Electronically Serving Monterey Park, Alhambra, San Gabriel, & Rosemead


This is the eighth in a series of articles about a trip to the interesting country of Turkey


By Charles N. Stevens

Finally, we come to the magnificent Trajanium, a Corinthian temple built for Emperor Trajan in

125 A.D. Its delicate white Corinthian columns stand out against the graying sky. We walk down snowy steps through the rocks to the temple itself. Next to it stands a large, headless stone statue of Emperor Trajan. The temple cat, still sticking with us, perches on a cold stone. From this vantage point we look down on the theater, its steeply banked seats covered with snow into white arcs. Numbed with cold, we return slowly to the bus, admiring as we go the carved remnants of the ancient city. Having seen the reconstruction of Pergamum’s Temple of Zeus in the museum in East Berlin, we had always wanted to see the spot where it had once stood. We also wish that we could have tarried longer among the stones, but the aching cold drives us away.

Back in the city of Bergama, we have lunch in a pleasant cafe along a wide street. First the waiters serve us a thick white soup to which we add juice from a wedge of lemon. We crowd around steam tables displaying a variety of dishes. I select dolmas, cauliflower, zucchini in oil, cigar-shaped morsels of ground lamb and cumin, a yogurt sauce with mint, football-shaped meatballs of meat, rice, potatoes, and cumin, as well as macaroni and pilaf. Dessert is two cookie-like morsels soaked in honey or syrup along with yogurt.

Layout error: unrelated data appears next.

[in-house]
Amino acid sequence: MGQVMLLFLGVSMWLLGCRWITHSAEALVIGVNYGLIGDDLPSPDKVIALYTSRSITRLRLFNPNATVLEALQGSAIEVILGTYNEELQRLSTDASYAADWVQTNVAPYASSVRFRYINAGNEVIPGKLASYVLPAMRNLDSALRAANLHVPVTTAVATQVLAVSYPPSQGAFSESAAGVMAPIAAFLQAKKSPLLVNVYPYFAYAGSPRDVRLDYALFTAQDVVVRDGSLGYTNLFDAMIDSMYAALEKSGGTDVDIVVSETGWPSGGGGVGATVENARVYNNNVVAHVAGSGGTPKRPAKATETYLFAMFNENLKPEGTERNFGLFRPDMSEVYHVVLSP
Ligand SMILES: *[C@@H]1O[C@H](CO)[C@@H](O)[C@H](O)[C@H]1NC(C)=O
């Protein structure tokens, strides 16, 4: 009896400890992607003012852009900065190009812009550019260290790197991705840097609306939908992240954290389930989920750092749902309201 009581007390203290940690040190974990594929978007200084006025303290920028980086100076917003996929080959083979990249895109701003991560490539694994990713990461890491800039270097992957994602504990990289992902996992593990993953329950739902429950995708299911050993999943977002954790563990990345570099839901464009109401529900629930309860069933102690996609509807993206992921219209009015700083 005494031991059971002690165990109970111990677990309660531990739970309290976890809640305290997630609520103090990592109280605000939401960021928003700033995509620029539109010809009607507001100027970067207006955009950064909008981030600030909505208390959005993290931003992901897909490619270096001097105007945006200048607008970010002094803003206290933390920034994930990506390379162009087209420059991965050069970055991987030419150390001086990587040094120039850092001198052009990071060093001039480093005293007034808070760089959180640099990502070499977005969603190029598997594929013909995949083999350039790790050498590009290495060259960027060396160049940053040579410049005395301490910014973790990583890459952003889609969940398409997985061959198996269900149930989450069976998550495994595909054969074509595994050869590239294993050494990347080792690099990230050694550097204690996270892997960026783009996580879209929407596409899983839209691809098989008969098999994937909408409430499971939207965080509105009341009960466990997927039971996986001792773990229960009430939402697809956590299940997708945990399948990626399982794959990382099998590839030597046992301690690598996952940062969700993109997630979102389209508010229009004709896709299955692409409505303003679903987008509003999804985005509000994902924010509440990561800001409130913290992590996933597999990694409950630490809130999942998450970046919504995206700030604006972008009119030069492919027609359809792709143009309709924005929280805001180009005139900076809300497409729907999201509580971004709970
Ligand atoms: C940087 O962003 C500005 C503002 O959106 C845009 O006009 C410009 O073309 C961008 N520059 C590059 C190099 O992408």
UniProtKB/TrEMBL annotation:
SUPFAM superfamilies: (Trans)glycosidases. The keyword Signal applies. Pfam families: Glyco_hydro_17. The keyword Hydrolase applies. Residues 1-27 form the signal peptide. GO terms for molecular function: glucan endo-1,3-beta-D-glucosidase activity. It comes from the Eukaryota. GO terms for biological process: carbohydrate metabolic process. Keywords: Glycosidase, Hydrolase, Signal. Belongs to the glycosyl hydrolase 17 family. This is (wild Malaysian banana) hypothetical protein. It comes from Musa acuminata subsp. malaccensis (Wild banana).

After lunch, Dolores and I walk down the sidewalk to explore the area,but the icy wind prevents us from investigating more than about a block. We look at a small store where tapered loaves of bread stand on end in the window, the method of display used by all of the stores. We walk by restaurants, stores and shops. Huge thick “pancakes” of pasta that appear like shredded wheat rest among other types of pasta in one window. We duck into a souvenir shop, mainly to get in out of the wind.

We are soon on our way to the Asclepium, a vital part of Pergamum built on the flatlands far below the acropolis on the hill. Just beyond a large military reservation, we come upon the remains of the ancient hospital and healing center among gentle, undulating hills. We walk down the stone paving of its colonnaded way, scrunched against the bitter wind that sweeps across the low hills. In Roman times shops sold goods all along this way, but only their scattered stones remain. On a road just above the site modern Turkish men carry their rifles on the way to the fields for winter hunting.

A large stone with a relief of twin snakes, symbol of Asclepian healing and still used as a symbol by the medical profession today, marks the site of the former temple. Nearby, the ruins of an old theater and several other temples remain identifiable.